Rep. Joe Sestak (D-Pa.) issued a statement Friday confirming the White House's account of its job offer to him to get out of the Senate primary race.
"Last summer, I received a phone call from President Clinton. During the course of the conversation, he expressed concern over my prospects if I were to enter the Democratic primary for U.S. Senate and the value of having me stay in the House of Representatives because of my military background. He said that White House Chief of Staff Rahm Emanuel had spoken with him about my being on a Presidential Board while remaining in the House of Representatives," Sestak said. "I said no. I told President Clinton that my only consideration in getting into the Senate race or not was whether it was the right thing to do for Pennsylvania working families and not any offer. The former president said he knew I'd say that, and the conversation moved on to other subjects."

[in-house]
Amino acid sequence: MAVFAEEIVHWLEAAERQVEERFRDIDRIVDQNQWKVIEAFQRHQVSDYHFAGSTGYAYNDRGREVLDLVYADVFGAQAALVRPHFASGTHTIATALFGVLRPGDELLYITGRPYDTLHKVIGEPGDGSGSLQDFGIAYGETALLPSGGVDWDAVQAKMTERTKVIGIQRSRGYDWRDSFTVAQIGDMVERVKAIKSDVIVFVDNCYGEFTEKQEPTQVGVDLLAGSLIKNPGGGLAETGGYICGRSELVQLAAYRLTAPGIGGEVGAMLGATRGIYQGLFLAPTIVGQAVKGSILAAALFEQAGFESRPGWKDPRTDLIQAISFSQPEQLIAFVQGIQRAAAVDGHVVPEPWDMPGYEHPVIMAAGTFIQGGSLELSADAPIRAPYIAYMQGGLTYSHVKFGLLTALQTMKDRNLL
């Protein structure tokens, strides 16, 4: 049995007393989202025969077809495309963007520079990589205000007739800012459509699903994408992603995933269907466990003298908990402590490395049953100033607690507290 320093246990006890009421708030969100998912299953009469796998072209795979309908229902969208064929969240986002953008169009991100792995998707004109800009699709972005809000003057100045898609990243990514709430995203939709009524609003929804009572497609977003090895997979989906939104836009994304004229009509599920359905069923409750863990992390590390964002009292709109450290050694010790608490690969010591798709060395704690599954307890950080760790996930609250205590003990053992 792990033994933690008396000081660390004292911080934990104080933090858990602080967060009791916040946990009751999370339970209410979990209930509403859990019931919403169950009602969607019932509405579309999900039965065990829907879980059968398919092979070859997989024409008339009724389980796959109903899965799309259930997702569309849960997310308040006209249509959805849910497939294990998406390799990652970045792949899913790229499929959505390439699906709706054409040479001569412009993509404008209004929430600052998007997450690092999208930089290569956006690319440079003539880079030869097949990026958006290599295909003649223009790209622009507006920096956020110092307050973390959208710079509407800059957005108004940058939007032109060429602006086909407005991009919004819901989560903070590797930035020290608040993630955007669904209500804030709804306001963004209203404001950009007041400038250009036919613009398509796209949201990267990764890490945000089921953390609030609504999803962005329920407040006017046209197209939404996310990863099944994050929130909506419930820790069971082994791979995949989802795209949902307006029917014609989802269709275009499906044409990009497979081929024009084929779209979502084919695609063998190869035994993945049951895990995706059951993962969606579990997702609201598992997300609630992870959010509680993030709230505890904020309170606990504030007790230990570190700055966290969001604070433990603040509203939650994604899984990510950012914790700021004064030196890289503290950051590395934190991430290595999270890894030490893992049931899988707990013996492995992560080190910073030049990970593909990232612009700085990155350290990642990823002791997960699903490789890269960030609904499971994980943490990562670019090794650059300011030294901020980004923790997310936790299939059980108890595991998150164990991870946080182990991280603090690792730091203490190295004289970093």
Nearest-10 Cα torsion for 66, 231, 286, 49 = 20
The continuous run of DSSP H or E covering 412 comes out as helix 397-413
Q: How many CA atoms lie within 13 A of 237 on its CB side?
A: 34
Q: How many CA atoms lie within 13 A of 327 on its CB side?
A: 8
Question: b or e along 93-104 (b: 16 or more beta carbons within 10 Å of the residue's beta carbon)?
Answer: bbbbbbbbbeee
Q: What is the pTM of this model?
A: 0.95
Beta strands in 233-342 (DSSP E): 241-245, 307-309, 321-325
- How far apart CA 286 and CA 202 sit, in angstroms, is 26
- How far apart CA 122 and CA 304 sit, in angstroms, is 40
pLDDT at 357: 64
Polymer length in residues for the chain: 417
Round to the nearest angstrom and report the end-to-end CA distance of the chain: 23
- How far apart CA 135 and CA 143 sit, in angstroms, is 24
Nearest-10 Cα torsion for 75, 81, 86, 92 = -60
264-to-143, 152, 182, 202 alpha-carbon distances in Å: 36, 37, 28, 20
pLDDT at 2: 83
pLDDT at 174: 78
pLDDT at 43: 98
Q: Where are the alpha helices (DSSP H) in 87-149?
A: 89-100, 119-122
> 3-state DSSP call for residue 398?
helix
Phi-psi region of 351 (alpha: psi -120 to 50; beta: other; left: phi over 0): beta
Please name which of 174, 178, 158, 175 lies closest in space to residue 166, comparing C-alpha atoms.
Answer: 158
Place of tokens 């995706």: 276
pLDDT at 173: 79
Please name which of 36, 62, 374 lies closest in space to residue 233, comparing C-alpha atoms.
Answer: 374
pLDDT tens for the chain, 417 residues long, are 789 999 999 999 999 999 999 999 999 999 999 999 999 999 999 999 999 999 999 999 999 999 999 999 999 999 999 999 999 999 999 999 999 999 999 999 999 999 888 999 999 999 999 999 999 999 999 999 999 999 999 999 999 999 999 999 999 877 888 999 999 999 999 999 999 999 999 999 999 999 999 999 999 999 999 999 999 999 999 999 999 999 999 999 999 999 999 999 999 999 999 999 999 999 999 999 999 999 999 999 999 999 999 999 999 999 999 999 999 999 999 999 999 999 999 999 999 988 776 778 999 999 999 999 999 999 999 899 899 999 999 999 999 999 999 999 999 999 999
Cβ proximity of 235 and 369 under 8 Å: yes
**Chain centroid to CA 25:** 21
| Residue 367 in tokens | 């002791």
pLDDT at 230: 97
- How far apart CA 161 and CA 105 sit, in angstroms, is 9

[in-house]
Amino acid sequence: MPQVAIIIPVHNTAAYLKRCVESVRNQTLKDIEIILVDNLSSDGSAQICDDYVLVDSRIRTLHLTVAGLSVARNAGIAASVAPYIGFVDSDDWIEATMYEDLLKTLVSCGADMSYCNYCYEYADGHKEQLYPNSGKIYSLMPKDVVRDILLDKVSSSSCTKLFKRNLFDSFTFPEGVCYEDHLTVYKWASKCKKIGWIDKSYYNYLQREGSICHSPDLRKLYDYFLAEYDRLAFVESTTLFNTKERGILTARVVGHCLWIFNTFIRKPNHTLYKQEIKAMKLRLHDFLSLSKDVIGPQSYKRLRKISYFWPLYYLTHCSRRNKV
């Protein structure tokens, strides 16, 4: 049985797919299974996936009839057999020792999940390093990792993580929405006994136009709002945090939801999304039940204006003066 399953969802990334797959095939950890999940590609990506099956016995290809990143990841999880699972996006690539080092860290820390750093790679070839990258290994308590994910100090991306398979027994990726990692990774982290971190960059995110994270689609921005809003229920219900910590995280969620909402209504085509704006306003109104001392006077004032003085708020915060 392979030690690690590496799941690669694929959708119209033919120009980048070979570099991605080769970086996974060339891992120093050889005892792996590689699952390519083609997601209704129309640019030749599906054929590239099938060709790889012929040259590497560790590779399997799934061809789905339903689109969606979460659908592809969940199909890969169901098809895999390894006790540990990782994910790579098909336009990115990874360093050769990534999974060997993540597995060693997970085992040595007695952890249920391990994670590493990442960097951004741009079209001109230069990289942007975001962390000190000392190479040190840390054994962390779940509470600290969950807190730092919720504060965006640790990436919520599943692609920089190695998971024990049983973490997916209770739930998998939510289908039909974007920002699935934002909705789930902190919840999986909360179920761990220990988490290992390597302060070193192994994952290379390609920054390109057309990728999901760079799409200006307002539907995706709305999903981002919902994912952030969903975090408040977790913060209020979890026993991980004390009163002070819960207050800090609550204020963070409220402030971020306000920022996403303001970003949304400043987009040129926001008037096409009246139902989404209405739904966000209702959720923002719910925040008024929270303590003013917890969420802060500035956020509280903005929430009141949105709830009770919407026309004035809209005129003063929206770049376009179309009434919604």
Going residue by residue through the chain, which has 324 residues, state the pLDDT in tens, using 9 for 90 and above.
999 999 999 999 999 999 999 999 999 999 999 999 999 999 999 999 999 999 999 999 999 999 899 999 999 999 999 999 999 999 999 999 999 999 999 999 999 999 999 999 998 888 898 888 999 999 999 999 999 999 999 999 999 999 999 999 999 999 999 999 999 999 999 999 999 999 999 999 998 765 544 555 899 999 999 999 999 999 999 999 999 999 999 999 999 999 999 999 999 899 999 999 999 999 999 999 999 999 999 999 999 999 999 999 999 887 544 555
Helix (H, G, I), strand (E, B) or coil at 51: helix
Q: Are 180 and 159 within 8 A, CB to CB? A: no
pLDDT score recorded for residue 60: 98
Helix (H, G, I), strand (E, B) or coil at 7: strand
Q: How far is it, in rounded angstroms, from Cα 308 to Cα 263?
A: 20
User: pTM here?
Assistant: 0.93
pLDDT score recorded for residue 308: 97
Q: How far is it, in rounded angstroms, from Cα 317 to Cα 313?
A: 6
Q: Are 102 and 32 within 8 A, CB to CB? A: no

Pennsylvania Republicans were unsatisfied with Sestak's explanation.
"Joe Sestak's refusal to comment on this issue until the White House released their carefully concocted statement, proves that Joe Sestak is now officially the same kind of Washington 'insider' he claimed to be fighting against," Mike Barley, a spokesman for the Republican Party of Pennsylvania, said in a statement. "Regardless of what the White House or Joe Sestak may hope, this is a matter that should be pursued and not forgotten over a long holiday weekend."
Washington Republicans said Friday the memo only raises more questions about the job offer, which they say could have broken federal laws. Rep. Darrell Issa (R-Calif.) is holding a press conference at 2:50 p.m. where he's again expected to call for an investigation into the White House job offer.